Two Silicon Valley cities are the latest local jurisdictions in California to pursue bans on natural gas in building construction.

Palo Alto has adopted a building requirement, while neighboring Redwood City elected officials are considering a similar change. Redwood City is set to take up a potential gas ban when it meets Nov. 25.

Earlier this month, the Palo Alto city council adopted a building electrification plan, changing the city's Reach Codes by requiring all-electric installations starting next year in new residential and commercial construction.

"Natural gas contributes to Palo Alto's greenhouse gas emissions," city officials said in making their unanimous decision. "Palo Alto's Utilities Department obtains its electricity from renewable and hydroelectric resources, meaning that it is cleaner and healthier compared to fossil fuels; and it is also more affordable."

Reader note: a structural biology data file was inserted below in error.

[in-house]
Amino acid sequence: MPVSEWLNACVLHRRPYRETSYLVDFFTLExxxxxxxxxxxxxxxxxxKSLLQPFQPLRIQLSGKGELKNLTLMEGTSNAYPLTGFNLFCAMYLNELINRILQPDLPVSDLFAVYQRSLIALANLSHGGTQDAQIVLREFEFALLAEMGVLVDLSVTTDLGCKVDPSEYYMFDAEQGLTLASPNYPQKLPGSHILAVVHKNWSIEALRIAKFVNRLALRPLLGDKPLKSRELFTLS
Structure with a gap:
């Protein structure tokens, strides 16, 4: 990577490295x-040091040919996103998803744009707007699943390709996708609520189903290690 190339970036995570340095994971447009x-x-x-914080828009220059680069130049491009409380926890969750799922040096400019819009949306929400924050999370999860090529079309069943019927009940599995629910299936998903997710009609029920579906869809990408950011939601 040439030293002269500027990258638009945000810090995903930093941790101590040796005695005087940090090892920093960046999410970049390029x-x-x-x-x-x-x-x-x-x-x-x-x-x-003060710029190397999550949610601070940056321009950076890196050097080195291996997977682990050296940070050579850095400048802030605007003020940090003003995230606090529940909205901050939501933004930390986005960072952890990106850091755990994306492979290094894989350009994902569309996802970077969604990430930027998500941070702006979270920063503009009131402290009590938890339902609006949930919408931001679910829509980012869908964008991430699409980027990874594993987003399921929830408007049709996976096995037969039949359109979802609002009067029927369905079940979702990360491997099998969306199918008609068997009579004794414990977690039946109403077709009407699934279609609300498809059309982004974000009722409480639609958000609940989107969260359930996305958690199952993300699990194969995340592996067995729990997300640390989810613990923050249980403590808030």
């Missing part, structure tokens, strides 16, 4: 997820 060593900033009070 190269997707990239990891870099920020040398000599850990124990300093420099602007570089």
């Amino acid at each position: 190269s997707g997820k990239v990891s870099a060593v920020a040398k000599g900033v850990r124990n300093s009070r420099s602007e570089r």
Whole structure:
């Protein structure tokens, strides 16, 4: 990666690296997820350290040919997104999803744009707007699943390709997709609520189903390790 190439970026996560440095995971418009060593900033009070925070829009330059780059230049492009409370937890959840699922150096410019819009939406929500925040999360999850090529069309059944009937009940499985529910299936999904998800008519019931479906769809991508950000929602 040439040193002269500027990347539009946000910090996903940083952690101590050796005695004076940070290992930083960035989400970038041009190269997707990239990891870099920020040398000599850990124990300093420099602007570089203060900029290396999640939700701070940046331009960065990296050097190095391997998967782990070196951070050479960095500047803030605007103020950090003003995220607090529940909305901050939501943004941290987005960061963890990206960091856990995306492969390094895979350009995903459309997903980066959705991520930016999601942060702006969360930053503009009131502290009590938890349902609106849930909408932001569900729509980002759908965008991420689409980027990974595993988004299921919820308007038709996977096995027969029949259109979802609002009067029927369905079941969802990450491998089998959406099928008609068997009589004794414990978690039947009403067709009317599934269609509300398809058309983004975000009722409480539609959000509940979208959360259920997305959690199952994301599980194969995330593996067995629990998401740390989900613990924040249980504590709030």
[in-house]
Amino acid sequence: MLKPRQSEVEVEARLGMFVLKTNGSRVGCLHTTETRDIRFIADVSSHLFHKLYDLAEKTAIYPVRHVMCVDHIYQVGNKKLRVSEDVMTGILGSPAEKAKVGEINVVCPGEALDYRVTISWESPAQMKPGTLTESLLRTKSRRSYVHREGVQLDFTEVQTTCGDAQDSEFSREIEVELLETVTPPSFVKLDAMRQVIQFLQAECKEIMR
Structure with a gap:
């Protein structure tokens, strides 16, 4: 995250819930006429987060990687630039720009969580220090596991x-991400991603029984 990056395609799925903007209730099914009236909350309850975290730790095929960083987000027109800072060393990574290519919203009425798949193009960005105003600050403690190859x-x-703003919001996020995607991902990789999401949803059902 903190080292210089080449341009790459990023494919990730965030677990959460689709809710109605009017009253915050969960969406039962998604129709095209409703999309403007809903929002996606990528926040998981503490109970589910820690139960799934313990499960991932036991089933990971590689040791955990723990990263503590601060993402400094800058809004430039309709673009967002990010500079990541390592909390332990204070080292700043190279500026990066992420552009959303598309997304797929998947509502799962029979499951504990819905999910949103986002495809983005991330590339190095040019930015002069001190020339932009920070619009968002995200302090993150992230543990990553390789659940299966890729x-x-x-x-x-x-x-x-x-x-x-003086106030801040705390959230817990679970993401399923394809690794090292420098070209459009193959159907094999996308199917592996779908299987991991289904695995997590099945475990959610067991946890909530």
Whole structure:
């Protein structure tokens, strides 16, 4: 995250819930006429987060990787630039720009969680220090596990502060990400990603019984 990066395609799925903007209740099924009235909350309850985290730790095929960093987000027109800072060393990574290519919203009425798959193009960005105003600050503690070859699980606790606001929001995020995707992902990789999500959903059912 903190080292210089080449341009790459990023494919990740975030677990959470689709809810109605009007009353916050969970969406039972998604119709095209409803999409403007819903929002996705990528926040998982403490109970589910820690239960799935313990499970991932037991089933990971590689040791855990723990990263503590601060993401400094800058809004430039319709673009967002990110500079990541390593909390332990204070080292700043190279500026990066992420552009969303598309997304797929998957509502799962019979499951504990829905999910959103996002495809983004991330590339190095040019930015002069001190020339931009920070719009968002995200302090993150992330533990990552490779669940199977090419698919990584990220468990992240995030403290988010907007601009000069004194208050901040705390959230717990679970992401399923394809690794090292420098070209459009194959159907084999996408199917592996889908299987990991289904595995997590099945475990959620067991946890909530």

Also in Northern California, Berkeley passed an ordinance in July prohibiting gas infrastructure in all new construction. Menlo Park and Mountain View, also in the South Peninsula area, have enacted similar bans, although for specified types of residential construction.

California’s third largest city, San Jose, in early October backed a proposal by Mayor Sam Liccardo and four council members to establish an all-electric requirement for new buildings. It is expected to take effect Jan. 1, pending approval by the California Energy Commission.

A pro-natural gas coalition supported by Southern California Gas Co. and many businesses and governments, Californians for Balanced Energy Solutions, has argued that with the development of renewable natural gas, there may be fewer emissions and less expense using gas than requiring all-electric power.